32 SECTION 10.6 REVIEW QUESTIONS (page 440) 1. A common-size income statement is an income statement with amounts expressed as percentages of net sales. 2. A common-size income statement shows you how many cents each item represents for every dollar of net sales. This makes it easy to understand how different items on the income statement compare to each other. 3. When working with spreadsheet formulas, it is sometimes necessary to make the divisor an absolute cell reference so that it will not change when a formula containing the divisor is copied to a number of different cells. 4. The formula for calculating the markup percentage is: Markup Percentage = Margin Cost of Goods Sold. 5. The markup multiplier is the factor you need to increase the cost values by to reach the sales (retail) values. 6. Three ways to calculate the markup multiplier are as follows. One: Divide the (in dollars) by the Cost of Goods Sold (in dollars). Two: Divide the percentage (always 100%) by the Cost of Goods Sold percentage. Three: Divide the percentage (100%) by the complement of the Margin Percentage (100% Margin Percentage). 7. Find the complement of the margin: 100% 39.5% = 60.5%. If the gross margin is 39.5%, the cost percentage must be its complement, 60.5%. 8. Two complementary things together make up one whole. For example, the complement of 30% is 70%; and together, 30% and 70% make 100%. 356 Accounting 1 Teacher s Key Copyright 2013 Pearson Canada Inc.

33 SECTION 10.6 EXERCISES (page 440) Exercise 1, p. 440 This is a spreadsheet exercise. A. to C. D. The spreadsheet should match Figure on page 439 of the student textbook. E. The spreadsheet should match Figure on page 439 of the student textbook. F., G. When the desired margin was 49%, the Total Gross Profit was $ The change to 50% added another $ to the Total Gross Profit. Copyright 2013 Pearson Canada Inc. Chapter 10 Accounting for a Merchandising Business 357

34 SECTION 10.6 EXERCISES (continued) Exercise 1, p. 440 (continued) H. The danger of increasing the desired margin too much is that the quantity sold will drop because consumers look for cheaper alternatives. This results in lower sales volume and a lower gross profit. I. The retail price of an inventory item will change over time because of sales and other discounts. You could adapt the spreadsheet model by adding more columns for the various retail prices and quantities sold at each level. Since the calculation will be more involved, each product should be given its own sheet that uses cell references to link to the Inventory Pricing and Values sheet. Exercise 2, p. 441 This is a spreadsheet exercise. A. B. When Net is changed to $ , the markup multiplier increases from 184.1% to 195.0%. 358 Accounting 1 Teacher s Key Copyright 2013 Pearson Canada Inc.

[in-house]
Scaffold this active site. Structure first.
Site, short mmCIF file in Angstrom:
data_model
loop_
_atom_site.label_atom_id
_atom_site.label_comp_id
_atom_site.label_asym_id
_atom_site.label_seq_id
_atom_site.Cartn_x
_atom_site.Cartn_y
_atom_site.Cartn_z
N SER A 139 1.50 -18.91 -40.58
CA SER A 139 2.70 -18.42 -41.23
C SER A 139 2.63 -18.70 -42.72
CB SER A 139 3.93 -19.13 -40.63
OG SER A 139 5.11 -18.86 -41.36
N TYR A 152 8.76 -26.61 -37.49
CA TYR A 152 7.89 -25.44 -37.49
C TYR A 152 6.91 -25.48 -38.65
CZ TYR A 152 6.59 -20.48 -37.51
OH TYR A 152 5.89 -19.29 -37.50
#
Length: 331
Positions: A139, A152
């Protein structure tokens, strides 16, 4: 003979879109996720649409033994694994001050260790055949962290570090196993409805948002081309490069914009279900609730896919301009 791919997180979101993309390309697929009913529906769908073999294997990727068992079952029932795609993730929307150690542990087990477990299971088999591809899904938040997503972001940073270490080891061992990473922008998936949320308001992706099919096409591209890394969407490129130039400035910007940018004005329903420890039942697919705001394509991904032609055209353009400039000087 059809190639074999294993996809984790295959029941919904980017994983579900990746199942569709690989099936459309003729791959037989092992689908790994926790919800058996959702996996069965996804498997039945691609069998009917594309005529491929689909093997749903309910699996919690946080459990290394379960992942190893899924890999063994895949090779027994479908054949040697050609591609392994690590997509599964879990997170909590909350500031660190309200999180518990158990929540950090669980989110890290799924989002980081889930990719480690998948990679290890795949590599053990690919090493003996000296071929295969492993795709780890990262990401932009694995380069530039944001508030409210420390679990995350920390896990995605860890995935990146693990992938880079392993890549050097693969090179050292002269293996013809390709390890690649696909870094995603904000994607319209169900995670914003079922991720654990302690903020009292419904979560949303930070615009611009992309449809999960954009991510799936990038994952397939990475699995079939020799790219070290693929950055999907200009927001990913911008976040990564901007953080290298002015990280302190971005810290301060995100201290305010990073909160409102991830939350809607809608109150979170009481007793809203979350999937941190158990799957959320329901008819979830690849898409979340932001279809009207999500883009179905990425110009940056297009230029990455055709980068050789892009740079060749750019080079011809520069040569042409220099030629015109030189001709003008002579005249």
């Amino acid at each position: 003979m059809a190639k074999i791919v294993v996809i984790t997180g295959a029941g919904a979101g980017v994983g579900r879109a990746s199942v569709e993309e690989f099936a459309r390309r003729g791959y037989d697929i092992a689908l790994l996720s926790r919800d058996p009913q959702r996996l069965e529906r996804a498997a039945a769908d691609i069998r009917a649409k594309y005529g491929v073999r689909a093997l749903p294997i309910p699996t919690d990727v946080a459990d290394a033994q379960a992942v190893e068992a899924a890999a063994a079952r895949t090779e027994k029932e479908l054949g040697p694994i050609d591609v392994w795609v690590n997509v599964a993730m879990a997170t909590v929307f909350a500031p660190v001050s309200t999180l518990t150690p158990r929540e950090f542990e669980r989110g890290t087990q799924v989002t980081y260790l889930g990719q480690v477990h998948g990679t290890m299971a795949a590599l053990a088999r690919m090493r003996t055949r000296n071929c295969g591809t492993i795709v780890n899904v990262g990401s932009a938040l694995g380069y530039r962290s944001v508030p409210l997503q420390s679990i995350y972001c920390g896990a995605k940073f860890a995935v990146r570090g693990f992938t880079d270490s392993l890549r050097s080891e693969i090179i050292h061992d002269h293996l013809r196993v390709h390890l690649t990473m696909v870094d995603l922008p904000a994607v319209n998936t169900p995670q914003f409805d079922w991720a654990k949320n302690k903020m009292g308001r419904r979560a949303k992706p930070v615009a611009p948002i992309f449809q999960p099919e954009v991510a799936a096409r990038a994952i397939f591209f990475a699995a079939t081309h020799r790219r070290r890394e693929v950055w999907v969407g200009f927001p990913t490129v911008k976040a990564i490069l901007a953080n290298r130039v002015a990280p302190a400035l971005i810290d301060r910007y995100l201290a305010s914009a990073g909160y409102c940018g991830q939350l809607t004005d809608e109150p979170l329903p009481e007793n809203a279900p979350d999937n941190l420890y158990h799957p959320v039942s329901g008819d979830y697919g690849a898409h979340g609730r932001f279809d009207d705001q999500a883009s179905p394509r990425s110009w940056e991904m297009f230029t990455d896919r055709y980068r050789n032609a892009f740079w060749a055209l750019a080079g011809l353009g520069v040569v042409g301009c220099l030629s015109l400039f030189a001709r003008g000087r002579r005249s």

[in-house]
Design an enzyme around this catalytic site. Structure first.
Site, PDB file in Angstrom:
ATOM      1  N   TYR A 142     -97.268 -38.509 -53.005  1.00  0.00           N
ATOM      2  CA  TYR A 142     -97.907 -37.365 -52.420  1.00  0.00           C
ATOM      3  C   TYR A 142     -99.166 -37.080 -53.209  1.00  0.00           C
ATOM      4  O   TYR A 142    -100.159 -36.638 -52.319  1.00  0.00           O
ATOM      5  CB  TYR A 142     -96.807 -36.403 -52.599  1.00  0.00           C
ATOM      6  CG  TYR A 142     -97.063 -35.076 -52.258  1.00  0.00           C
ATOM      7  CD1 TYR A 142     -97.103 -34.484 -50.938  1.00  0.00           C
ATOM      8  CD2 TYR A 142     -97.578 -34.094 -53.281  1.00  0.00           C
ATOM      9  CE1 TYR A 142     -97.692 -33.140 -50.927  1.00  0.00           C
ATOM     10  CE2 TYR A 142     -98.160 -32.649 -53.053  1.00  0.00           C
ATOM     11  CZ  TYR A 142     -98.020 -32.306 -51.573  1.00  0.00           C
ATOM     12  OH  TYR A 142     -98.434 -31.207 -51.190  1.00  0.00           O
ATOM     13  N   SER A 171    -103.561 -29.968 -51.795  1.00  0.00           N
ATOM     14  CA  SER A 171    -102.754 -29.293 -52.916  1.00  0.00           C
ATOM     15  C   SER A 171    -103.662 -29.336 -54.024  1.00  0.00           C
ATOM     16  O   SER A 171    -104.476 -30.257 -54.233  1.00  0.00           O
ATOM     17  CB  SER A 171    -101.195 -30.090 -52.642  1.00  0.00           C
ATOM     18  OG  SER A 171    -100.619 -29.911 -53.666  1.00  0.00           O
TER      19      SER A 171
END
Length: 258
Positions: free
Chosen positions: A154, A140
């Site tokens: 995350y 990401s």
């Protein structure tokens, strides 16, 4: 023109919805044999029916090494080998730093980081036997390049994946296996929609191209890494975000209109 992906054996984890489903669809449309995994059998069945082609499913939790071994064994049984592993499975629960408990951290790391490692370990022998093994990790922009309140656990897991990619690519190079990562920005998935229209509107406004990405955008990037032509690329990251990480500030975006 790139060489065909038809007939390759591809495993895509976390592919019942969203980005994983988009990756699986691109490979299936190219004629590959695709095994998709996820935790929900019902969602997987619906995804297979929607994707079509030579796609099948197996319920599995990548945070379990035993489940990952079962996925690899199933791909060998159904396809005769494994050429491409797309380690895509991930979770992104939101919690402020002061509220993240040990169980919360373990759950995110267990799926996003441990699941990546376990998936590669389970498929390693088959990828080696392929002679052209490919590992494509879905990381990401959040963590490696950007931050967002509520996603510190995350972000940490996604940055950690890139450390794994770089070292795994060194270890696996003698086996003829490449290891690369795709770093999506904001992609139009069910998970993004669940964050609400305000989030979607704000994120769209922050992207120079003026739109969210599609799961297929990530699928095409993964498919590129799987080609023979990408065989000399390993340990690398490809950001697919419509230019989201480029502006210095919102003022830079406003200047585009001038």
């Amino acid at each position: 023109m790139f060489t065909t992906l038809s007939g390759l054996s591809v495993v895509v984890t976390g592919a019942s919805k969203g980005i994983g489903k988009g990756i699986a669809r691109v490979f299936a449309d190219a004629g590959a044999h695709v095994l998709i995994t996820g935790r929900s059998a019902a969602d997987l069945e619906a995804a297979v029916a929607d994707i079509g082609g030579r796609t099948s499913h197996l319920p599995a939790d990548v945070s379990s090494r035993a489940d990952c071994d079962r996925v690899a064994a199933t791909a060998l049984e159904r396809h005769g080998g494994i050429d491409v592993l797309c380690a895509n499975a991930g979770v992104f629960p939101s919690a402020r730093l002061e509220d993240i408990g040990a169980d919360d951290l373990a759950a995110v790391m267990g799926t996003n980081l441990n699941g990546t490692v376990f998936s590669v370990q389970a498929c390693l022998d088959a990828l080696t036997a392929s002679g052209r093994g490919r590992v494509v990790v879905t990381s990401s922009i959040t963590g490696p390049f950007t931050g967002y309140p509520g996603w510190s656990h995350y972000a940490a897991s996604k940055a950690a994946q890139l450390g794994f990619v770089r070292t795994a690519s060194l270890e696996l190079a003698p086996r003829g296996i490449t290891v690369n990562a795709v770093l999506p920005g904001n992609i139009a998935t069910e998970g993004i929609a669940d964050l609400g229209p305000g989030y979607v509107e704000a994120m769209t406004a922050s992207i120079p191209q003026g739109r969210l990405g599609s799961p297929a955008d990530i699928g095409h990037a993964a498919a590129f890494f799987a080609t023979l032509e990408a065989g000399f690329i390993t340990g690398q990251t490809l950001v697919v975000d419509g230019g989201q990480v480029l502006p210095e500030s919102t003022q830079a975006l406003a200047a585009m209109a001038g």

35 SECTION 10.7 REVIEW QUESTIONS (page 445) 1. The perpetual inventory system is a system where the record of items in stock is kept up to date in detail on an ongoing basis. 2. Before the use of computers, a perpetual inventory system was recorded manually on file cards. 3. Only a few companies kept track of inventory on card files because it was very time consuming and expensive. 4. The source document for additions to inventory in a manual system is a receiving report. 5. The source document for deductions from inventory in a manual system is a shipping order. 6. Deductions from inventory after a sale in a department store are made through the point-ofsale terminal. The cashier enters the codes and quantities sold and the POS terminal automatically updates the inventory records. 7. It is not necessary to count the inventory when using a perpetual inventory system because the figures are always up to date. However, random checks of the inventory are made to ensure the merchandise had not been stolen or damaged, two reductions in inventory that the POS system cannot track. A physical count will also be done at the end of the fiscal year to ensure the accuracy of the inventory account in the ledger. 8. This is the entry for the cost portion of a sale when the perpetual inventory system is used. Dr Cr Cost of Goods Sold $$$$ Merchandise Inventory $$$$ 9. Switching from the periodic system to the perpetual inventory system adds the Cost of Goods Sold account to the general ledger and eliminates the Purchases account and the Purchases Returns and Allowances account. 10. Under both inventory systems, transportation charges are accumulated in a separate account, such as Freight-in. 11. If inventory were lost, stolen, or damaged under the perpetual inventory system, you would debit Inventory Shrinkage. SECTION 10.7 EXERCISES (page 445) Exercise 1, p. 445 A. Additions to inventory are usually made from copies of receiving reports. B. Competition forces department stores to use the perpetual inventory system. C. In a computer inventory system, each inventory item is given a(n) unique code. D. The perpetual inventory system produces up-to-the-minute information that cannot be produced by the periodic inventory system. Copyright 2013 Pearson Canada Inc. Chapter 10 Accounting for a Merchandising Business 359